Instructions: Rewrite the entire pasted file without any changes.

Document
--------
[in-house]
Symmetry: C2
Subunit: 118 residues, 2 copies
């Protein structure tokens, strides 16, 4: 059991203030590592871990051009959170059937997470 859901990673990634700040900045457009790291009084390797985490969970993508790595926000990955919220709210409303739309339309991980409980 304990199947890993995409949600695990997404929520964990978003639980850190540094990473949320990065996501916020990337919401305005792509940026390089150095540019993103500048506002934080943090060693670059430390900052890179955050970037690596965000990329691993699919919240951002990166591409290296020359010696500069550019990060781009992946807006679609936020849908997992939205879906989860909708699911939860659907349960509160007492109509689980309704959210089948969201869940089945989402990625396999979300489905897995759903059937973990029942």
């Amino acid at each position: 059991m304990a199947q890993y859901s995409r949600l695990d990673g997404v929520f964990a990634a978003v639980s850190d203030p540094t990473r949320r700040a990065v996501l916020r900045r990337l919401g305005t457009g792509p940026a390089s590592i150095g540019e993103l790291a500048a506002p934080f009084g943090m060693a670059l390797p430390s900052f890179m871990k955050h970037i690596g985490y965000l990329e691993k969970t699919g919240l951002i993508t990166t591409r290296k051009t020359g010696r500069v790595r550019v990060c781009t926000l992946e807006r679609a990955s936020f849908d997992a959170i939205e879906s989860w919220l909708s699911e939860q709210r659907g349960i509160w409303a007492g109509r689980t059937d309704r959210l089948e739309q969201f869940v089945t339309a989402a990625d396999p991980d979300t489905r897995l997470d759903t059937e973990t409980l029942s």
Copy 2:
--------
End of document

[in-house]
Symmetry: C2
Subunit: 118 residues, 2 copies
């Protein structure tokens, strides 16, 4: 059991203030590592871990051009959170059937997470 859901990673990634700040900045457009790291009084390797985490969970993508790595926000990955919220709210409303739309339309991980409980 304990199947890993995409949600695990997404929520964990978003639980850190540094990473949320990065996501916020990337919401305005792509940026390089150095540019993103500048506002934080943090060693670059430390900052890179955050970037690596965000990329691993699919919240951002990166591409290296020359010696500069550019990060781009992946807006679609936020849908997992939205879906989860909708699911939860659907349960509160007492109509689980309704959210089948969201869940089945989402990625396999979300489905897995759903059937973990029942």
């Amino acid at each position: 059991m304990a199947q890993y859901s995409r949600l695990d990673g997404v929520f964990a990634a978003v639980s850190d203030p540094t990473r949320r700040a990065v996501l916020r900045r990337l919401g305005t457009g792509p940026a390089s590592i150095g540019e993103l790291a500048a506002p934080f009084g943090m060693a670059l390797p430390s900052f890179m871990k955050h970037i690596g985490y965000l990329e691993k969970t699919g919240l951002i993508t990166t591409r290296k051009t020359g010696r500069v790595r550019v990060c781009t926000l992946e807006r679609a990955s936020f849908d997992a959170i939205e879906s989860w919220l909708s699911e939860q709210r659907g349960i509160w409303a007492g109509r689980t059937d309704r959210l089948e739309q969201f869940v089945t339309a989402a990625d396999p991980d979300t489905r897995l997470d759903t059937e973990t409980l029942s």
Copy 2: